Berkshire Hathaway’s investment portfolio is heavily concentrated around a few securities. It is of immense interest that each of the top six securities accounts to more than 5% of the total portfolio value individually and when combined rack up a whopping 81% of the total portfolio. The pie-charts below compare the portfolio’s Top-6 individual stocks for the latest quarter compared to the one from ten years ago (12/31/2001):

The similarity in percentage allocation between now and ten years ago is remarkable:

  • American Express (AXP) and Coca Cola (NYSE:KO) together account for 41% of the total portfolio value now compared to 54% ten years ago and the share count remained constant at 151.61 million and 200 million respectively. In the last ten years, both these stocks returned around 40% excluding dividends and the change in the allocation percentage is because the total portfolio value increased by 86%.
  • The most significant allocation change is in Wells Fargo (WFC) which more than doubled from 8% of the portfolio in 2001 to 19% of the portfolio in 2011. The share count increased by seven times (including the 2:1 stock split) as the stake was built up over the years. The share count almost tripled from around 112 million to 290 million between 2005 and 2007. The stake was increased by around 10% (290 million to 320 million) in 2009 during the financial meltdown.
  • The stake in Gillette was replaced with Procter & Gamble (NYSE:PG) shares following PG’s acquisition of Gillette in January 2005. Although the stake was increased from around 96 million shares to 100 million shares that year following Warren Buffett’s statement to that effect during the deal announcement, the stake later settled down at 76.8 million shares by 2010.
  • In 2006 and 2007, Berkshire Hathaway initiated significant stakes in Johnson & Johnson (NYSE:JNJ) and Kraft (KFT) respectively whose share count has fluctuated since then. Despite certain negative comments about Kraft’s Cadbury acquisition and some stock sales in the last few years, it is unlikely that Berkshire will turn bearish on either of these companies.
  • Wesco Financial (NYSEMKT:WSC) which had accounted for 6% of the portfolio in 2001 ceased to be a bet because the company became a subsidiary of Berkshire Hathaway in 2011.
  • Even though the share count increased slightly in the last ten years, the stake in Moody’s (NYSE:MCO), is less than 2% of the portfolio currently.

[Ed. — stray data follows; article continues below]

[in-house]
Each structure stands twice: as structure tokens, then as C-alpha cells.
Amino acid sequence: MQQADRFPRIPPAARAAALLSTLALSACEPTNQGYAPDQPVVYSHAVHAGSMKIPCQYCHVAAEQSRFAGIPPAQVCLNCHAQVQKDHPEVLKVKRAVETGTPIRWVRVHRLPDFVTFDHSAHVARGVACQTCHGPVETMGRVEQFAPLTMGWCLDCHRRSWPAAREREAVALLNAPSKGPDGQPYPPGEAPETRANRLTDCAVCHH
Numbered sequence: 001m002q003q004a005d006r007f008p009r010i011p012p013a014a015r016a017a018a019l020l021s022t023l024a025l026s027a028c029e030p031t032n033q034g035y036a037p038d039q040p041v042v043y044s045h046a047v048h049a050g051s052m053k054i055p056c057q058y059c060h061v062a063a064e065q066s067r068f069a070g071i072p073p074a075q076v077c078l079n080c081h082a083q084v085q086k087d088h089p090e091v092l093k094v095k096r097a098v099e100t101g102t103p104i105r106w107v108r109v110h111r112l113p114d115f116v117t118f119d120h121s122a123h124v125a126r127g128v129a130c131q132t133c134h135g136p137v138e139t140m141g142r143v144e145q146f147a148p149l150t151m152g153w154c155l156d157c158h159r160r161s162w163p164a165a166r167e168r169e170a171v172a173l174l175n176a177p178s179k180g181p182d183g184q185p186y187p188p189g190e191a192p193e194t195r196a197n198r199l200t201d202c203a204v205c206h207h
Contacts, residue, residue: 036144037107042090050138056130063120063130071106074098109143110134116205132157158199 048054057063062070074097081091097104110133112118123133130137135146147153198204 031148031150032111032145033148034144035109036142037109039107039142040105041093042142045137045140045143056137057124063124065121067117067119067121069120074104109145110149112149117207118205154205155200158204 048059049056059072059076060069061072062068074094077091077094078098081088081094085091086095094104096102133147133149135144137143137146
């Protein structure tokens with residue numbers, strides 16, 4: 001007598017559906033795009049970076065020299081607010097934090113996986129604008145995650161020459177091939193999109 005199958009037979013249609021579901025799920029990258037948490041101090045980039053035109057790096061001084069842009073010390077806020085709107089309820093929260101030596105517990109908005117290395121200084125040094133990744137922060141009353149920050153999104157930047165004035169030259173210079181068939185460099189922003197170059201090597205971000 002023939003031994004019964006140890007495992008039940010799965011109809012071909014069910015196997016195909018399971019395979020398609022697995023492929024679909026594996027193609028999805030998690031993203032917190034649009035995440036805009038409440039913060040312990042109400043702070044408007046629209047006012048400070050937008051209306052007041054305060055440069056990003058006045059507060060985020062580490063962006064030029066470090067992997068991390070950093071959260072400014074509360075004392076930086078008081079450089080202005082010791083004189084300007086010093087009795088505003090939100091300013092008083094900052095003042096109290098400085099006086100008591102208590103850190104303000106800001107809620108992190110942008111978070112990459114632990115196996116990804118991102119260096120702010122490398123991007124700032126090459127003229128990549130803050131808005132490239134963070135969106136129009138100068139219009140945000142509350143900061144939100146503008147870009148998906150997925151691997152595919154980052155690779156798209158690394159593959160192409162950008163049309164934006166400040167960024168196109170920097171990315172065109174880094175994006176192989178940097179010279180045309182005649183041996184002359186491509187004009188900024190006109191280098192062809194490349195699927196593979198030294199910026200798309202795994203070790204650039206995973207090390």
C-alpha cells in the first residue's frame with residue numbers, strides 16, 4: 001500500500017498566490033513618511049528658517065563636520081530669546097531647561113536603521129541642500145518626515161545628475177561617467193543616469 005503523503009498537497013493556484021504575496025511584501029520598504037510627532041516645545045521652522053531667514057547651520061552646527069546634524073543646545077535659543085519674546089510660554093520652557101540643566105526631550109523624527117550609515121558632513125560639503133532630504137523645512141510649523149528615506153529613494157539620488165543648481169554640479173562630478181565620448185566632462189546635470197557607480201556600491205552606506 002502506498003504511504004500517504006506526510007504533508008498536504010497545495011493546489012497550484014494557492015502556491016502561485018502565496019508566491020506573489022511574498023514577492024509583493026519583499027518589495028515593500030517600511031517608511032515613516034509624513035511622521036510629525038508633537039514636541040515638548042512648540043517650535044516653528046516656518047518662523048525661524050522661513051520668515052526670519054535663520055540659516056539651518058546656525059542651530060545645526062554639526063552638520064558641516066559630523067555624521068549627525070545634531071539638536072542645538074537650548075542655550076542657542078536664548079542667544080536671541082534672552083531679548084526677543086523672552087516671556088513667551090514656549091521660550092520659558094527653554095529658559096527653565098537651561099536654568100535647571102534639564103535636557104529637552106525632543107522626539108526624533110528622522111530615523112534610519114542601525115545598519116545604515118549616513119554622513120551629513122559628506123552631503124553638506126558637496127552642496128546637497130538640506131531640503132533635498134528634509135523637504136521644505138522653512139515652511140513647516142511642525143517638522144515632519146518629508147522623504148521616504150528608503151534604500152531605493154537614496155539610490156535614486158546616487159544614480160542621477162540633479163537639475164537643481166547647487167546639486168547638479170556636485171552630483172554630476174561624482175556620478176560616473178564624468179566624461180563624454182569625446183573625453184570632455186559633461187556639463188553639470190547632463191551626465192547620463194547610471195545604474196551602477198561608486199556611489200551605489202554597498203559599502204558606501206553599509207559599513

The overall stake in the consumer staples and discretionary sector has come down slightly from 54% to 52%, but given the significant new stake buildups, one can infer that Berkshire is bullish on that sector. Meanwhile the stakes in financials have gone up from 31% to 38% indicating a very bullish bias. It is reasonable to conclude Berkshire Hathaway is bullish on financials and consumer staples with the likelihood of increasing stakes in Wells Fargo and possibly Johnson & Johnson.

The next few top stocks in the portfolio are good candidates for potential stocks Berkshire Hathaway might actively be buying. The pie chart below shows the relative allocations of the next four top stocks in Berkshire Hathaway’s portfolio that make up about 14% of the total portfolio:

Berkshire Hathaway’s stake in Moody’s and ConocoPhillips have gone down over the last few years while that in Wal-Mart (NYSE:WMT) and US Bancorp have gone up. Again it is only rational to conclude from this pattern that Berkshire might be actively looking to buy more Wal-Mart and US Bancorp shares in its effort to build those stakes.

The rest of the seventeen stocks in the portfolio combine to make up only about 5% of the total portfolio. Also, Berkshire nibbled at 57 stocks in the last ten years that have since been sold out.

We will look into Berkshire Hathaway’s stock sales during the last ten years and the minnows in the current portfolio in future articles.

Click here for Part 2 >>

Source: Tracking 10 Years Of Berkshire Hathaway's Investment Portfolio (Part 1)